climate change

Now we know what’s needed to stop dangerous climate change and it’s… a lot

What’s happening? In order for the world to reach net-zero emissions by mid-century – which is what’s needed to avoid dangerous levels of climate change – investors should stop funding any new fossil fuel supply projects, according to the globally renowned International Energy Agency (IEA). The organisation’s Net Zero by 2050 report says that in order to achieve the goal 90% of electricity in 2050 needs to come from renewable sources, with nuclear power stations supplying most of the rest. (Reuters, IEA)

Hang on, that sounds like a pretty fundamental shift… That’s an understatement. The IEA says achieving net-zero emissions by 2050 will require “nothing short of a complete transformation of the global energy system”. In response to the report, the Financial Times said both that this means cover is blown for investors trying to fudge an argument as to how they can continue to back fossil fuels, but also that “the world is in trouble” – as the scale and speed of the changes needed are mind-boggling.

It’s worth pointing out the IEA isn’t saying all existing oil and gas extraction projects should shut down immediately. Rather, companies shouldn’t be developing new projects to access any more fossil fuels in new areas.

Whether the IEA’s calls are heard is another matter. Oil and gas companies have significant plans to develop new resources and nations around the world are still holding oil and gas licensing rounds. The report already hasn’t gone down particularly well in Asia, with countries rebutting its findings and saying there are other ways to view the net-zero conundrum that are somehow compatible with expanding fossil fuel production.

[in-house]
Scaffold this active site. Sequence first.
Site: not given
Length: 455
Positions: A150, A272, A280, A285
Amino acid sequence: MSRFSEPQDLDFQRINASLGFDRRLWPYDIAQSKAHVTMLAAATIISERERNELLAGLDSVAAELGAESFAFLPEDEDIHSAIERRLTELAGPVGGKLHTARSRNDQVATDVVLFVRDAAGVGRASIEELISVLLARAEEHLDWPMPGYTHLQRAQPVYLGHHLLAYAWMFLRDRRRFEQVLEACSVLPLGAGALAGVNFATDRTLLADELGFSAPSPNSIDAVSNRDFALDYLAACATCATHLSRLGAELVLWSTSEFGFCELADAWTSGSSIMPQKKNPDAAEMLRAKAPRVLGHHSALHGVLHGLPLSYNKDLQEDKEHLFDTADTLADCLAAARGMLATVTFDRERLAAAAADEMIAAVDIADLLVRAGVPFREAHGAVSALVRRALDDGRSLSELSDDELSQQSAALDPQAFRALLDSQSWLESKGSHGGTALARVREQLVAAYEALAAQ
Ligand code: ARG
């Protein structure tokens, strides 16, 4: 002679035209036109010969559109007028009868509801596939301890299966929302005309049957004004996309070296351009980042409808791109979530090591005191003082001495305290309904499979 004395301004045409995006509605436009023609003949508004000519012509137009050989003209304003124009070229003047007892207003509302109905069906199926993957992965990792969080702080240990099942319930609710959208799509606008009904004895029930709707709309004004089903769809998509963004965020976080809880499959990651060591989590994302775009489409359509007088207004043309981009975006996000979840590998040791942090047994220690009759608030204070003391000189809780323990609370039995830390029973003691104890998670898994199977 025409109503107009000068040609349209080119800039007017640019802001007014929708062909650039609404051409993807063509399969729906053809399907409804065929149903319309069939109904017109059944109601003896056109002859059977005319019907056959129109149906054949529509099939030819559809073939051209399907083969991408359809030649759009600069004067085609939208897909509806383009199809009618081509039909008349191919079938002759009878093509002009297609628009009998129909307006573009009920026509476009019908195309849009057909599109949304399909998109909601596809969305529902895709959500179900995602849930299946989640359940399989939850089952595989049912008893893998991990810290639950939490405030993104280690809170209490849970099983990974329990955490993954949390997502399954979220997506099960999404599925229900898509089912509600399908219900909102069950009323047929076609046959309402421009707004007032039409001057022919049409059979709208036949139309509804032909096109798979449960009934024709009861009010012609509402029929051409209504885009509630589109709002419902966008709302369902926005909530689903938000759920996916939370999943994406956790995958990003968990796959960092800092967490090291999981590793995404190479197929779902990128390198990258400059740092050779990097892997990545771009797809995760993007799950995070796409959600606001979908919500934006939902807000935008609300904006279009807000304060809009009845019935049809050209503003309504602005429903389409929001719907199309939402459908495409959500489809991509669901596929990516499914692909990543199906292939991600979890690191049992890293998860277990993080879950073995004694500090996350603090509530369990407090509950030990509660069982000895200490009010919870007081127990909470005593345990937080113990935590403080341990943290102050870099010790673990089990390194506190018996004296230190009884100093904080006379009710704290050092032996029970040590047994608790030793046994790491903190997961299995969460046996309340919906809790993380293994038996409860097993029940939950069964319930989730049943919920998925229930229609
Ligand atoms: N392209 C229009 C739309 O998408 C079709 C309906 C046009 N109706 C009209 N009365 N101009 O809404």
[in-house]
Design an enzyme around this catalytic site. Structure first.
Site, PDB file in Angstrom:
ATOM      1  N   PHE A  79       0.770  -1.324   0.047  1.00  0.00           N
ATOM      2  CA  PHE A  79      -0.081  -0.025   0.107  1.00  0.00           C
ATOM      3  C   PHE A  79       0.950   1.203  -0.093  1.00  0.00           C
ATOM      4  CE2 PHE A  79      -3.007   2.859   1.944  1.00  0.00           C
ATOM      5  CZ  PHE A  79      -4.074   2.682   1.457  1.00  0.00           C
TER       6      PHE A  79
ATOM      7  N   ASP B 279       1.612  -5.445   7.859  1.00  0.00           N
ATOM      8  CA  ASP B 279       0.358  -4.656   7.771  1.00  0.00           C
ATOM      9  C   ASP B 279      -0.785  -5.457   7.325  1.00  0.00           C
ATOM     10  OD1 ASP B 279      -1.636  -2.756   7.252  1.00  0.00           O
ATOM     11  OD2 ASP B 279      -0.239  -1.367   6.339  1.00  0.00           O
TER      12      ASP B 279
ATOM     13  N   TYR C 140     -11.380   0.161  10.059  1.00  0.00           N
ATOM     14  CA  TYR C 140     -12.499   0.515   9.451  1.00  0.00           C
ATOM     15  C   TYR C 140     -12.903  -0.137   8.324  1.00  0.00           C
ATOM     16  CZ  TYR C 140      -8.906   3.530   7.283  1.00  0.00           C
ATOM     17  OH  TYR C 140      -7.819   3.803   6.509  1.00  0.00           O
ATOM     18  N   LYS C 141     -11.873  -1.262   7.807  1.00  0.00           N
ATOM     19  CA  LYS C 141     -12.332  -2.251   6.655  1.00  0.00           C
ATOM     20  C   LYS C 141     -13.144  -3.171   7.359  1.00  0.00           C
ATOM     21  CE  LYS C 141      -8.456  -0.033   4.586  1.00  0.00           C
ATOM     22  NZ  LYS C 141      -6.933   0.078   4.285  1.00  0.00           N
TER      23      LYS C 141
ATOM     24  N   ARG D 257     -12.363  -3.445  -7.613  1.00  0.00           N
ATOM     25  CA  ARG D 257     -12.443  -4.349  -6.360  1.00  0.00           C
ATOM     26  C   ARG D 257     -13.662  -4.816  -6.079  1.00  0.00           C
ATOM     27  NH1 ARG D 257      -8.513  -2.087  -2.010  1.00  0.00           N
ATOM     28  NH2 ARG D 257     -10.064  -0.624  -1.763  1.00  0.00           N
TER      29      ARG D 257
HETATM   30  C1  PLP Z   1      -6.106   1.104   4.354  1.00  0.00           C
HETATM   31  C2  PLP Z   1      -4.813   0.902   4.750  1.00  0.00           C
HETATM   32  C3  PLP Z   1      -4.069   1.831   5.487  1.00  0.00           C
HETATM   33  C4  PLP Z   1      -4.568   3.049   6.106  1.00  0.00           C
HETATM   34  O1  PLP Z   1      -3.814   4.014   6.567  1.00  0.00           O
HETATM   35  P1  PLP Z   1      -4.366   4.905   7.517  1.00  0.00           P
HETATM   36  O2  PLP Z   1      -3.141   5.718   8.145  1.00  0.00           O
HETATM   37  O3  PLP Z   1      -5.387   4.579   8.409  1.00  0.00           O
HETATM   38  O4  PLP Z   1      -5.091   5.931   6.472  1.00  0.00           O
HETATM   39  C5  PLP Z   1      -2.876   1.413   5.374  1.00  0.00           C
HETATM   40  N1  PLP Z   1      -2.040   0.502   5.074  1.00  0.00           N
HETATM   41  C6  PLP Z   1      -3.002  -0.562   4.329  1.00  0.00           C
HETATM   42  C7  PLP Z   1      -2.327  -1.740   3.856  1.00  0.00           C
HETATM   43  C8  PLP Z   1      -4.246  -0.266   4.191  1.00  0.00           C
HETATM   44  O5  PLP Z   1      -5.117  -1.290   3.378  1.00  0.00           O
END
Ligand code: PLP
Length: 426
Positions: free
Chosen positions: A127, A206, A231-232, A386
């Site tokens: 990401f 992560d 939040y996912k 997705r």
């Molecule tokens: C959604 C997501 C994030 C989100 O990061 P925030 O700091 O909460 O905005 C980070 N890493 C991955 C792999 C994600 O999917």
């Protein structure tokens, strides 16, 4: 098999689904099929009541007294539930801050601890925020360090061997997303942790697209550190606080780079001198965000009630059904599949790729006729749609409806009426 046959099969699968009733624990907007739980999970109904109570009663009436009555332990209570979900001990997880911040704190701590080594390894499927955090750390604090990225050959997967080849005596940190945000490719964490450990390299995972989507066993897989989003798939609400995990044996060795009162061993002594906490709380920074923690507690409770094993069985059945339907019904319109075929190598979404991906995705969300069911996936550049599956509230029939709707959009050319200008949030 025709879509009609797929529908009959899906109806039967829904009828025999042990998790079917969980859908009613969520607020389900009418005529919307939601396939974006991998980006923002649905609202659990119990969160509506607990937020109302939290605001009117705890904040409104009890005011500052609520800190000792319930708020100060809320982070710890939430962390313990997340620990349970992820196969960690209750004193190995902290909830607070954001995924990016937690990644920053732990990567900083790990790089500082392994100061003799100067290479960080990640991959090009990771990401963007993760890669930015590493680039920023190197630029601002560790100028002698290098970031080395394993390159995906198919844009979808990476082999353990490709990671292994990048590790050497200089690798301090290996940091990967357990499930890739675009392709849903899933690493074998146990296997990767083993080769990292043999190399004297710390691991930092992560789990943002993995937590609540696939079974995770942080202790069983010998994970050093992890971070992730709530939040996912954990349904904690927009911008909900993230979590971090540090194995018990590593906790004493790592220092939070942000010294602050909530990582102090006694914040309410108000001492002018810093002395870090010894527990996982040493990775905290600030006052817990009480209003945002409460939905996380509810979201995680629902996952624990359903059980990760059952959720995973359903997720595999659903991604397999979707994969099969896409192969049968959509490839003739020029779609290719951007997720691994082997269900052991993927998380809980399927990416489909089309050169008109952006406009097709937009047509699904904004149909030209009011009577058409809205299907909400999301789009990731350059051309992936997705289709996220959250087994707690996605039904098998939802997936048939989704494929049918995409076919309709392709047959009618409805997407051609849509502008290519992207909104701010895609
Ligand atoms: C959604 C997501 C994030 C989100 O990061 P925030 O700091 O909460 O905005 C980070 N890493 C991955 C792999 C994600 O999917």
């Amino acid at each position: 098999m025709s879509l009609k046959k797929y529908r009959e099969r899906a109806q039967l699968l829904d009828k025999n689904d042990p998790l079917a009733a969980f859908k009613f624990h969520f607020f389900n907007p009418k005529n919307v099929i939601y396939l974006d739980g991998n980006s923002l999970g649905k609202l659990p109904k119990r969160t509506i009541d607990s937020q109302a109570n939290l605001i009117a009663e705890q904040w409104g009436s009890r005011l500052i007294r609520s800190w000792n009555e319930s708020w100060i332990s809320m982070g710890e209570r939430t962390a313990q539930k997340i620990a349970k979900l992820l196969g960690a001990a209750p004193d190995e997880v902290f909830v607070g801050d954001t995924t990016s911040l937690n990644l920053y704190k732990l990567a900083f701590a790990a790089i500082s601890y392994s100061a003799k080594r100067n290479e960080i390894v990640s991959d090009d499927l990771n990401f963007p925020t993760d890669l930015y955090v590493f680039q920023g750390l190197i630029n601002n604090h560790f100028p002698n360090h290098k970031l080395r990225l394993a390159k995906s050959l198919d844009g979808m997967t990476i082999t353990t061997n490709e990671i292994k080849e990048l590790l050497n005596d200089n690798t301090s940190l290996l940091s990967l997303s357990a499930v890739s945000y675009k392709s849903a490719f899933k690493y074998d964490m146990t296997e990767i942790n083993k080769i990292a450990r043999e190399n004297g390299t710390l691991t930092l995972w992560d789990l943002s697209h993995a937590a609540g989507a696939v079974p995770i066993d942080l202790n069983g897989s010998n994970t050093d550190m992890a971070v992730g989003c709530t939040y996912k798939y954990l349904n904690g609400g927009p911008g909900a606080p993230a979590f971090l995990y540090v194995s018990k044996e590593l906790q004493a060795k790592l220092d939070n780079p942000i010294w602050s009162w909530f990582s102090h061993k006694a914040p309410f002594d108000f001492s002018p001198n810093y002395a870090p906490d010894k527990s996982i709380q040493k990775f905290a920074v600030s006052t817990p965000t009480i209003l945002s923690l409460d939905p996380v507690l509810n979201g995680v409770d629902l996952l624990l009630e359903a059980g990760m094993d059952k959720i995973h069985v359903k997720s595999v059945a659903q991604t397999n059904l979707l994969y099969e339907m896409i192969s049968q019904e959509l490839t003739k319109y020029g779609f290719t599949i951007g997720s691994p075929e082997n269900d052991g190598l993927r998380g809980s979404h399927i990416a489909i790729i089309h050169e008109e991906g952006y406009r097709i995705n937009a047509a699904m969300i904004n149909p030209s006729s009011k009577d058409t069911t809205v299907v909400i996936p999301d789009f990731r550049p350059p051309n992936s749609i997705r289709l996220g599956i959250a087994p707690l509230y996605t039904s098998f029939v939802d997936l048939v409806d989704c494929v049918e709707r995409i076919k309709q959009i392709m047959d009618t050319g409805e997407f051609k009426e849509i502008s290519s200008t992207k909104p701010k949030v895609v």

What else needs to happen? Just a list of 400 massive milestones. Saving the low-concentration-span Twitterati the trouble of going through them all, the IEA also produced a tweet-friendly summary graphic of the key points.

Around 630 GW of solar panels a year need to be installed by 2030. That’s the total amount that exists in the world today added annually. Around 60% of cars purchased in 2030 need to be fully electric, compared to 4.6% now. This means around 20 battery production “gigafactories” will need to be built every year for the next 10 years.

Also, about half of the emissions reductions we need to see by 2050 in the IEA’s scenario are assigned to technology that doesn’t even exist yet. So, there’s a lot to do.

Ok, but what does all this mean for me? The answer to that question depends on how governments and businesses react to the IEA’s message. But, from an individual decision-making perspective, if you are climate conscious, you could make your own roadmap based on the IEA’s recommendations. If you are risk-averse, you could get ahead of the curve before old, polluting appliances become more expensive to own and operate. Or you could simply vow to consume less.

Some of the key takeaways on the consumer level are: more train and less air travel; if you have a home, you should make sure it’s as well-insulated as possible, with heat pumps and solar panels the IEA’s technologies of choice to decarbonise further; and you should take fewer business trips, drive less and cycle more.

If you do that (and more), and investors stay away from fossil fuels – and a lot of other things happen – we may preserve a planet worth living on.

This article first appeared in our free weekly newsletter, Sustt.

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